Our Icelandic team gave a wonderful performance with Elisabet Margeirsdottir (middle) becoming the female champion in a record time! Angela Zäh (left) from Germany took the second place and Sarah Sawyer (right) from the UK took the third place.  Sarah had also given us an interview, to share her experience in Bhutan and you can read it from below.

We congratulate the monks in the Phajoding Monastery for winning the annual football match but our runners also had much fun with the Icelandic “Huh!” chant led by our Iceland coach Rebekka!

**Special thanks to our local team, volunteers, doctors, course markers and director for their excellent works and supports.

See you next year!

Registration for GlobalLimits Bhutan – The Last Secret 2019 opens now.

Last few places available! 
2nd Edition
220km - 6 stages
7th - 15th September 2018
Click for Registration - Albania

7th Edition
220km - 6 stages
30th Nov - 8th Dec 2018
Click here for Registration - Cambodia


How do you know about GlobalLimits?
I’ve had friends who’ve previously run GlobalLimits races and spoke really highly of them, and I’ve wanted to visit Bhutan for what feels like forever, so as soon as entries opened for the 2018 edition, my husband and I entered. I liked the fact that whilst it is first and foremost a race, Stefan makes every effort to integrate runners into Bhutanese life, so it was going to be much more than a race….and it truly was.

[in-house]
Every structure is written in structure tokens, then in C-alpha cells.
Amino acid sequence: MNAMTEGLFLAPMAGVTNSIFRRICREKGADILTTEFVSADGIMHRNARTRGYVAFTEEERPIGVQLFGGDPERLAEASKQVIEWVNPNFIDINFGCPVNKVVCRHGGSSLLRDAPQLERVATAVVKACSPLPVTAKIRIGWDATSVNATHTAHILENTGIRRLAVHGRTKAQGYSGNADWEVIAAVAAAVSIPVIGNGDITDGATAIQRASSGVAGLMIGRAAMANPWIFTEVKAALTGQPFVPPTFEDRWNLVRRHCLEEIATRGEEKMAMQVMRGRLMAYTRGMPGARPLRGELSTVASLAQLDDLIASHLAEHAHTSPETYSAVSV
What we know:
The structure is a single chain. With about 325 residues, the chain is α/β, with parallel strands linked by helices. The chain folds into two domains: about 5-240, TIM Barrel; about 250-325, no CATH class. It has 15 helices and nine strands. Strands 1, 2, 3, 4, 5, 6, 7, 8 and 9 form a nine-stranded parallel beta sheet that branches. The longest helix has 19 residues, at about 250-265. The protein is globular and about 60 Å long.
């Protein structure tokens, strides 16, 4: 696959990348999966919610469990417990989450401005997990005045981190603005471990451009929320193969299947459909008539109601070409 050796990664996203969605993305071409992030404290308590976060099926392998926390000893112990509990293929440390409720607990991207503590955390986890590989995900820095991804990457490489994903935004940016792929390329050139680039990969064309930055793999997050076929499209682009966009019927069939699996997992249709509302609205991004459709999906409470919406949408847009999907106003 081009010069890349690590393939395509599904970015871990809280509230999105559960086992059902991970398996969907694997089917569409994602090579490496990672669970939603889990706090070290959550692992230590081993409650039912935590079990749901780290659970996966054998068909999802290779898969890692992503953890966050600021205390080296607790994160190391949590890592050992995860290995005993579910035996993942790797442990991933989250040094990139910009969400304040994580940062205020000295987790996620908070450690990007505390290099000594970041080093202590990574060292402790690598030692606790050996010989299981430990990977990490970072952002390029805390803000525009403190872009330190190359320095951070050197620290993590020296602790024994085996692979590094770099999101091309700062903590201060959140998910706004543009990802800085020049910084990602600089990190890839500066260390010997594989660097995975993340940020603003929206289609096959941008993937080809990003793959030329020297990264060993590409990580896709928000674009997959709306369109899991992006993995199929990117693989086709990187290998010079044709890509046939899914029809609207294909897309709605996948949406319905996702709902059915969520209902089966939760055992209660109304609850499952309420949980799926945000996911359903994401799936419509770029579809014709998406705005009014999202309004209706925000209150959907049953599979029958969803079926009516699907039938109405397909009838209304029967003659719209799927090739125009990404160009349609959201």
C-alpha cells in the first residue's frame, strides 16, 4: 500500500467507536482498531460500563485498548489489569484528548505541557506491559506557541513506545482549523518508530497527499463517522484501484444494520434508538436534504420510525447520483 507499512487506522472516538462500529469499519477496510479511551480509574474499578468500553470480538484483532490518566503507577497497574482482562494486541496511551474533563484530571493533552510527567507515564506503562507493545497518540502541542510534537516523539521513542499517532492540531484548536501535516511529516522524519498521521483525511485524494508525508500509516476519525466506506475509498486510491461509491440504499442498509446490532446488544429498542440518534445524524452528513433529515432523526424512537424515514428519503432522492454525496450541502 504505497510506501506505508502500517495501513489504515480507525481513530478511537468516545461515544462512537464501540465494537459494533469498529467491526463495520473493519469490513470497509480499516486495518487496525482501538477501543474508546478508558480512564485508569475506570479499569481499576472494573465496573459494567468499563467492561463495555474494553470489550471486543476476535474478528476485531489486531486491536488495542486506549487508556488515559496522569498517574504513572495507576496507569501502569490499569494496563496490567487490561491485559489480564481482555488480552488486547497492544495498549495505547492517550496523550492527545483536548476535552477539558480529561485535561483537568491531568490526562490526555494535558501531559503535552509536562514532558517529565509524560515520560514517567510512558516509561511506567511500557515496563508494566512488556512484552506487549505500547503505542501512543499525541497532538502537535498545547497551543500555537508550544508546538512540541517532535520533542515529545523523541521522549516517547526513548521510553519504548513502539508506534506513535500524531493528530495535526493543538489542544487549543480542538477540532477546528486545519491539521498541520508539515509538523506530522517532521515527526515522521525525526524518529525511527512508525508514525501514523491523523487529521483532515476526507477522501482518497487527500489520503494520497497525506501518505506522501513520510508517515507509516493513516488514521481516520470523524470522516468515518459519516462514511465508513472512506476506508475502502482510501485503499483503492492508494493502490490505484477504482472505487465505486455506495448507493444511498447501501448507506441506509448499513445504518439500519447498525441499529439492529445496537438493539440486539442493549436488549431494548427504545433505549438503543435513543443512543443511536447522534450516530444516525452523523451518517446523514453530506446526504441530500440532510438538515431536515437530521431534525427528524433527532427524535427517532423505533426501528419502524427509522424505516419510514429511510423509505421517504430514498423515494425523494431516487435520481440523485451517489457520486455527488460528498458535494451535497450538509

How do you train for races?
I normally have about a 3 month training block for races, where my coach and I will make my training as specific as possible for the race. My training for Bhutan was a bit unconventional in that I’d spent the first few months training for a 24 hour track race, which meant my running was all on the flat – not ideal for running in the mountains in Bhutan! However, I have a strong endurance background, so I knew my endurance and running 200km over 6 days wouldn’t be a problem, so in the 4 weeks of specific training I had for Bhutan, I had a crash course in getting some hills back in my legs. I live on the south coast of England and we don’t have anything that resembles mountains, so I included a lot of long hill reps in my training, and also if I want to train on more mountainous terrain, my husband and I jump in our campervan and head to the Brecon Beacons in Wales for training.